A significant challenge confronting NF membrane application is fouling, which is caused by suspended or dissolved organic and/or inorganic matter migrating from the liquid phase and forming deposits on the membrane surface, at the pore openings or within the membrane matrix (Aguiar et al., 2016). For economically feasible operation, membrane fouling must be controlled since it reduces permeability, increases energy consumption and shortens membrane lifespan. Although membrane fouling is considered inevitable, the rate and extent is highly impacted by membrane properties, feed characteristics and operational conditions (Wei et al., 2010). Although PES and PES-based membranes have been widely used, the main disadvantage is related to its hydrophobic character (Zhao et al., 2013). Several studies reviewed by Van der Bruggen (2009) and Khulbe et al. (2010) indicate that hydrophobicity is directly related to fouling. Introducing materials with high anti-fouling properties improves performance of pure polymeric membranes. Addition of hydrophilic functional groups through common practices such as surface grafting (Rahimpour, 2011), coating (Reddy et al., 2003) or blending with hydrophilic polymers (Peyravi et al., 2012) or nanoparticles (Vatanpour et al., 2012; Ji et al., 2015) has been widely reported to modify polymeric membranes. A large number of amino (-NH2) and hydroxyl groups which can act as binding sites for contaminants, and additional features such as high hydrophilicity, high mechanical and chemical stability and charge density, make chitosan a suitable membrane modifier (Wan Ngaha et al., 2011). The reactive amino functional groups on the chitosan structure binds to almost all Group III and transition metals. In acidic medium, the amino group gets protonated and attracts metal anions through ion exchange and repels cations through electrostatic repulsion (Anirudhan and Rijith, 2012).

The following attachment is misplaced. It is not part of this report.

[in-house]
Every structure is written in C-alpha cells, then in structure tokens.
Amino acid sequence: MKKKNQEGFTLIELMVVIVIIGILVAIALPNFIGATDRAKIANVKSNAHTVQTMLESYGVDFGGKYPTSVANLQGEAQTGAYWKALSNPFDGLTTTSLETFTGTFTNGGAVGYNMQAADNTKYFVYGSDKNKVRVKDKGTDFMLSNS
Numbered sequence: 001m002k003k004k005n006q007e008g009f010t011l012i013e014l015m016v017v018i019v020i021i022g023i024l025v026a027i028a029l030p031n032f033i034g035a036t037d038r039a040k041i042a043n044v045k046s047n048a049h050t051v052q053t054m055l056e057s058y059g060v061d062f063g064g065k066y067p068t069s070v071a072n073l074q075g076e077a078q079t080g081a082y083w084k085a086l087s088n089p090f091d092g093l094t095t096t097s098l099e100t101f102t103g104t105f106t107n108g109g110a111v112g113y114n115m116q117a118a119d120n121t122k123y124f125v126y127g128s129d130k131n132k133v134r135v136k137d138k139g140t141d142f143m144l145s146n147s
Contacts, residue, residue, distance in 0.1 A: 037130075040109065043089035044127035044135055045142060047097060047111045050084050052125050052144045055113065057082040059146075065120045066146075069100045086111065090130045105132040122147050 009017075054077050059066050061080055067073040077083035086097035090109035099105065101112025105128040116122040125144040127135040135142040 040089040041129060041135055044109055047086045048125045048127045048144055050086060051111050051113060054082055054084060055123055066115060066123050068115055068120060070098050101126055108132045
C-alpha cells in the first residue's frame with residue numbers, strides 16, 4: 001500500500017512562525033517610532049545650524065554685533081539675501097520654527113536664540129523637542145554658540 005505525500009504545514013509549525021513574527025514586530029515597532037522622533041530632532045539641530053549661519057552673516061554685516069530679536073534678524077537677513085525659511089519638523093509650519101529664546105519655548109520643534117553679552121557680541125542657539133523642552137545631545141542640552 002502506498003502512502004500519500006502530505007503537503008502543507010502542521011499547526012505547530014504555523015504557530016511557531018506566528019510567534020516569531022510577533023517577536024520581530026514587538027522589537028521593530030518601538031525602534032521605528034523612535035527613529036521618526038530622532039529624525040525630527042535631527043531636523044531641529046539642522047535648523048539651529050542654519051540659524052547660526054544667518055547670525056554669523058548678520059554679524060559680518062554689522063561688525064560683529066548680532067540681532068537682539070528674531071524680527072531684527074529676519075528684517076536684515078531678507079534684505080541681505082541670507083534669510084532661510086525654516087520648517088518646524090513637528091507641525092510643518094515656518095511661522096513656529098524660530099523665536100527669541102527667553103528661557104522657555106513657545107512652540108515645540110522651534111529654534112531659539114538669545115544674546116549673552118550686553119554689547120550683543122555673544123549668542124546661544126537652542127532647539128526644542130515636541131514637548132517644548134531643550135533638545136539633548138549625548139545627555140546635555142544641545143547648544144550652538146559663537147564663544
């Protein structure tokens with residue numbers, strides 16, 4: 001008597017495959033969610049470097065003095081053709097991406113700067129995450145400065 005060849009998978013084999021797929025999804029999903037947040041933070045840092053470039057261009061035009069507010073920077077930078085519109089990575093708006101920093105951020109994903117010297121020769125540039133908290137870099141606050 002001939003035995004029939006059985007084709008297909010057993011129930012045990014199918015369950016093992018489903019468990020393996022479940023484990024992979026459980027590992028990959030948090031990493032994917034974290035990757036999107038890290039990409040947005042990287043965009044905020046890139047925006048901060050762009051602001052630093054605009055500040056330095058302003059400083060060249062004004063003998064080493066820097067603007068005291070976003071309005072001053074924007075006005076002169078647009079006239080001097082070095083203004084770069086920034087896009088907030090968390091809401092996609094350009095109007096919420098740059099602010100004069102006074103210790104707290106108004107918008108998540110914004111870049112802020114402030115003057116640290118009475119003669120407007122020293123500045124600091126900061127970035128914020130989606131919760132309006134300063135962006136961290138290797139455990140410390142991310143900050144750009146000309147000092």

Despite the research efforts on the use of modifiers in membrane modification, application of chitosan as a membrane modifier for the treatment of AMD is not well studied. Therefore, the aim of this study was to synthesize polyethersulphone membranes modified with chitosan for AMD treatment.




Dimethyl sulfoxide (DMSO), polyethersulphone (PES) granules (3 mm), sodium hydroxide (NaOH), sulphuric acid (H2SO4) and metal sulphate salts were purchased from Sigma-Aldrich (Pty) Ltd, South Africa. The chemicals were analytical grade, and therefore were used without further purification. Deionized water was prepared in-house and had a pH of 6.89 and conductivity of 0.19 mScm1. The pH and conductivity were measured using a Metler Toledo dual meter (Sevenduo pH /conductivity meter with a Metler Toledo inLab Pro ISM pH electrode and inLab 738 ISM conductivity probe). Chitosan used in this study was synthesized from chitin that was obtained by processing seashells collected from Durban South Beach, Rutherford.

Model AMD

Synthetic AMD solution (Table 1) was prepared as per the characterized data obtained from Tutu et al. (2008) and the composition of mine-water collected from Randfontein (Black Reef Incline, 17 and 18 Winzes). Synthetic AMD solution was used to avoid competition between desired and undesired species present in real AMD. The AMD was prepared in 1 000 mL of water and the pH was adjusted with concentrated sulphuric acid to 3.2.



Production of chitosan and synthesis of membrane

Firstly, seashells were washed and boiled in water to remove any impurities before crushing and milled with milling rods into fine powder (chitin). The following steps were carried out in chronological order to extract chitosan from milled chitin powder, (i) deproteinization, (ii) demineralization and (iii) deacetylation. Deproteinization was carried out by treating chitin with 6% NaOH solution and demineralization using 6% HCl. The steps were carried out for 2 h at 60 °C on a heating plate equipped with a magnetic stirrer. The resulting chitin was filtered with a vacuum pump and washed with deionized water until neutral pH. Deacetylation was carried out with 40% NaOH at 120°C for 2 h. The deacetylated chitosan was washed with deionized water until neutral pH. The solid to liquid ratio for all processes was set at 1:20.